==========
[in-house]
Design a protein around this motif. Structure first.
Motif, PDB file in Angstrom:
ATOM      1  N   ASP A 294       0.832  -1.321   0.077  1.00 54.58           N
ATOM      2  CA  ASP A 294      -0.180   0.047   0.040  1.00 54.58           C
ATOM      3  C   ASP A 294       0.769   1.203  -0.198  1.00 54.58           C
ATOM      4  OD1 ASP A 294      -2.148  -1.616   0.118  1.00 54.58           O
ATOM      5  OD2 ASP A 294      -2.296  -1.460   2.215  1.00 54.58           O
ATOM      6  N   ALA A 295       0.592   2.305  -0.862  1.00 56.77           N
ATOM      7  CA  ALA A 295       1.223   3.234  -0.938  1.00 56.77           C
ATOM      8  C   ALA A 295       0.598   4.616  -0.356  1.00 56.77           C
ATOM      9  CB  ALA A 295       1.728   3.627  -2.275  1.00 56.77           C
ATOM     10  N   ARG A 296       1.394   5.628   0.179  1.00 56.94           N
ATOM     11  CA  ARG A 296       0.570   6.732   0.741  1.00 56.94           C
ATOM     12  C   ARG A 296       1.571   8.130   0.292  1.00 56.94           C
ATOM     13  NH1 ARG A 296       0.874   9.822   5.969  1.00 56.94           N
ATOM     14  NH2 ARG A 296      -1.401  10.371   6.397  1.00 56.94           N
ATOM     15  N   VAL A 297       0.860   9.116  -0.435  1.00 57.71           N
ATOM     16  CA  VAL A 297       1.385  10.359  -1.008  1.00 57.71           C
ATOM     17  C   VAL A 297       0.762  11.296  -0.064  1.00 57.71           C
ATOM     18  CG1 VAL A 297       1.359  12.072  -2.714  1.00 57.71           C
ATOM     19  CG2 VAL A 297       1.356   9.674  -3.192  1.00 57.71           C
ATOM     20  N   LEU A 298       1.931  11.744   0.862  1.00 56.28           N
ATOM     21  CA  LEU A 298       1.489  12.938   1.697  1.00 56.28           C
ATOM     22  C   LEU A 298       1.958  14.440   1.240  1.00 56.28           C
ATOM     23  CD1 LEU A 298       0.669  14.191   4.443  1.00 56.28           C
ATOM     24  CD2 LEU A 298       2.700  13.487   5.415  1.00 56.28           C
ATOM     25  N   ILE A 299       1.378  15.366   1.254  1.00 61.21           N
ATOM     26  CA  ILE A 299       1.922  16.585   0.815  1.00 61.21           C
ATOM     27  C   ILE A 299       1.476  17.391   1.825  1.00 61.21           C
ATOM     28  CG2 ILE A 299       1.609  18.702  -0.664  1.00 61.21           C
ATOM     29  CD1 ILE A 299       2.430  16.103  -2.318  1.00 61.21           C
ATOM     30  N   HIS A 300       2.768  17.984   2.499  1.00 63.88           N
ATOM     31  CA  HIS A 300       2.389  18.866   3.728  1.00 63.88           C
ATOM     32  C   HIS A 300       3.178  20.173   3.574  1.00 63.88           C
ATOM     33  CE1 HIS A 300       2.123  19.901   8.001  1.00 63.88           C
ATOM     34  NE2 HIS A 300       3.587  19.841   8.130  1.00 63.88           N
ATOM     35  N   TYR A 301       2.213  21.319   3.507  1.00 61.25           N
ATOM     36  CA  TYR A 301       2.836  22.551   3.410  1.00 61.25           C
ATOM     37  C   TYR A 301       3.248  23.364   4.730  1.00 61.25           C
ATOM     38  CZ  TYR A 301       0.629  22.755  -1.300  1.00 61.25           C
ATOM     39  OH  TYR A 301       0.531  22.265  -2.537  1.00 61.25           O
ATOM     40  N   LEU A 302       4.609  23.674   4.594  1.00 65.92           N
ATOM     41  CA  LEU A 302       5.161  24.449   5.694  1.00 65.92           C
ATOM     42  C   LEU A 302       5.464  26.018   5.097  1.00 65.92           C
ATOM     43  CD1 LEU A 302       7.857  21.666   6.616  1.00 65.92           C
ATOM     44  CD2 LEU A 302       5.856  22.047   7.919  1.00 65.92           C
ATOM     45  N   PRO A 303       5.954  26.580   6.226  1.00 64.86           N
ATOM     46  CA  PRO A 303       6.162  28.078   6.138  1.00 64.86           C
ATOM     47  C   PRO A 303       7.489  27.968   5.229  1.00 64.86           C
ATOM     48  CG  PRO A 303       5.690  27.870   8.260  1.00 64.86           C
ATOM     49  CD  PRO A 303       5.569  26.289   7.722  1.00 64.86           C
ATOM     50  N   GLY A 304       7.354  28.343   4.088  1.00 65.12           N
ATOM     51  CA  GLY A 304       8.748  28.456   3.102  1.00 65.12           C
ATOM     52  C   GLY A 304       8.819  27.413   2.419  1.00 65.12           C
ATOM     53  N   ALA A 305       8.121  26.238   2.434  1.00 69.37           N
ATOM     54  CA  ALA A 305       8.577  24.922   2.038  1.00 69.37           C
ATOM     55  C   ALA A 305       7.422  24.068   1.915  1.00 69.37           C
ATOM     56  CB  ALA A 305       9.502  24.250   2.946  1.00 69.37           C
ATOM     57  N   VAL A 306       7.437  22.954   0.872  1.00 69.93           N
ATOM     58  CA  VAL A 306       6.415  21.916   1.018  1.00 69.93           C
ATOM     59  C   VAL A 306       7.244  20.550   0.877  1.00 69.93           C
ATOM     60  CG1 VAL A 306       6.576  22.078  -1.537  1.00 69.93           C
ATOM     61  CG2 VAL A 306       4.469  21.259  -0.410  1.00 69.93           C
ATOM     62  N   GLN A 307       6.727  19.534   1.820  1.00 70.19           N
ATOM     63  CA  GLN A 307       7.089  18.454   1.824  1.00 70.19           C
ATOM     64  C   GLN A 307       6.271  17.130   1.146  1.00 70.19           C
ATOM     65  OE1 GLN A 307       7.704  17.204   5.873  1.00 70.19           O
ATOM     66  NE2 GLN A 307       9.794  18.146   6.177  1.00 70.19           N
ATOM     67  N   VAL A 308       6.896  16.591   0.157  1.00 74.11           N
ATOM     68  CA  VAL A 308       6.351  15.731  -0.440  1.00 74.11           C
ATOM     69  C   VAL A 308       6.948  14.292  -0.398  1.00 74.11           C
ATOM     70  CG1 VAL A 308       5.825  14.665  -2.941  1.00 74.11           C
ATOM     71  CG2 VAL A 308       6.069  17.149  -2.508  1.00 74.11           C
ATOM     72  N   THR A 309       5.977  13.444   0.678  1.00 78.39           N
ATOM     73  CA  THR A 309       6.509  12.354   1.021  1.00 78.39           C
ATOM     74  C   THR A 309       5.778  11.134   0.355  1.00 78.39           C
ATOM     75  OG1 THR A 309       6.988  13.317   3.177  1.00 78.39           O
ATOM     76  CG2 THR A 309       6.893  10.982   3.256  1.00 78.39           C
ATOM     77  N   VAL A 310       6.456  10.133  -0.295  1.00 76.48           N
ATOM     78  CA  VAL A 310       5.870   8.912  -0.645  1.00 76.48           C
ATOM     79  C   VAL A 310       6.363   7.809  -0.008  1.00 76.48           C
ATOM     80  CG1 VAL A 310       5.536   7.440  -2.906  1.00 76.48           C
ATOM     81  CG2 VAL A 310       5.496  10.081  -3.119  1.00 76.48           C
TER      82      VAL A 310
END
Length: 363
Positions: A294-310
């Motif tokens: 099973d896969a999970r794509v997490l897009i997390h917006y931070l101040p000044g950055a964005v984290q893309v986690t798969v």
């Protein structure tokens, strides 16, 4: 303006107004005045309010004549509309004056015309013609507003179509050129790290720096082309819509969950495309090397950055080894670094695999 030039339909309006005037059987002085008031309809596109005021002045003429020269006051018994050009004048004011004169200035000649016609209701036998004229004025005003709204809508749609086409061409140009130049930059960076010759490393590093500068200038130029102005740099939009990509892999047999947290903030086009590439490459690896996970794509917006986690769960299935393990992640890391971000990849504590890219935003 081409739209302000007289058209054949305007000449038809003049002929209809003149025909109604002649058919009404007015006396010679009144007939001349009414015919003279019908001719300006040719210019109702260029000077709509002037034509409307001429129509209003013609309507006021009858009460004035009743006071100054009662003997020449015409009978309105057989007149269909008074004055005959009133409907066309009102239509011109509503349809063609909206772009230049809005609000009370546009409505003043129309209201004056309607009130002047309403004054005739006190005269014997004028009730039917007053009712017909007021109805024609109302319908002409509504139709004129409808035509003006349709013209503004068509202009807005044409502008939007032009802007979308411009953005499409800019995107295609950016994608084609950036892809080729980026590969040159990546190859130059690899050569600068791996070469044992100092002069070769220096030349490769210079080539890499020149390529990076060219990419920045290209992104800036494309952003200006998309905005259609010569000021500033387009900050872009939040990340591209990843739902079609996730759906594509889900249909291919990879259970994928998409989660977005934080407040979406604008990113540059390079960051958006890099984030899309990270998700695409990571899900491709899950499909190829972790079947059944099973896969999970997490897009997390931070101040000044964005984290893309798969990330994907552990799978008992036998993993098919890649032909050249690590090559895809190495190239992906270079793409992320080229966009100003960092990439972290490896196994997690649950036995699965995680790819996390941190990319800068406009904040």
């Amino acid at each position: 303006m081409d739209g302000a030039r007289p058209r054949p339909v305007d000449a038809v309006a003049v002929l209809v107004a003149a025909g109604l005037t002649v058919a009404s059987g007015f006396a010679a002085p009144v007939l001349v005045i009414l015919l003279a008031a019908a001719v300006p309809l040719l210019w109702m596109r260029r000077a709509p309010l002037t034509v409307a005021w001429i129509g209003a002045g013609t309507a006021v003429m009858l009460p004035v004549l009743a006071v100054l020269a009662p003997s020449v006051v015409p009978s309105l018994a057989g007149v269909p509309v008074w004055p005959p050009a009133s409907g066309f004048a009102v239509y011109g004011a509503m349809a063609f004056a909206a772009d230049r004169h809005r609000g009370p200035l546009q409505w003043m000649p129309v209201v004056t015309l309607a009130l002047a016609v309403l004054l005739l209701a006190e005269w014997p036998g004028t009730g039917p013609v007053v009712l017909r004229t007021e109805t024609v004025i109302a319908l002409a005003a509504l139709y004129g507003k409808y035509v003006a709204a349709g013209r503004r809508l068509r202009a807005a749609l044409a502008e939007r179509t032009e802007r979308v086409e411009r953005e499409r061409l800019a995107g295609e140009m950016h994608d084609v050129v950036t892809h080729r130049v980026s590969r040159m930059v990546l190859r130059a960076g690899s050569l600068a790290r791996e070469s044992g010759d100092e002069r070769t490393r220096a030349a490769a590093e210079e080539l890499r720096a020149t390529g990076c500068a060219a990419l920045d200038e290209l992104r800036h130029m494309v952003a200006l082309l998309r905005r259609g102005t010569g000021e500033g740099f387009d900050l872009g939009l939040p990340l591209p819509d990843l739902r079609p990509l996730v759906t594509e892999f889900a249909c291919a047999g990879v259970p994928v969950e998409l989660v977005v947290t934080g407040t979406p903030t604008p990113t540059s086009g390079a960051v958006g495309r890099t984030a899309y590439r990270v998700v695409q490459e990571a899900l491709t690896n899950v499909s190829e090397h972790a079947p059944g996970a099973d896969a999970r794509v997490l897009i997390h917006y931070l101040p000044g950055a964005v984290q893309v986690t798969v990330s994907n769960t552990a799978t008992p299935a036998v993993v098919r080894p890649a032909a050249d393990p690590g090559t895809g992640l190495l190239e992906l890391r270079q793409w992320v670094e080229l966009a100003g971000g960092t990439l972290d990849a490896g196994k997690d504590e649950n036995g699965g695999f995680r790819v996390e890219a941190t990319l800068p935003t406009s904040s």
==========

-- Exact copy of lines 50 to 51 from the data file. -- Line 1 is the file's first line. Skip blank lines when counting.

ATOM     47  C   PRO A 303       7.489  27.968   5.229  1.00 64.86           C
ATOM     48  CG  PRO A 303       5.690  27.870   8.260  1.00 64.86           C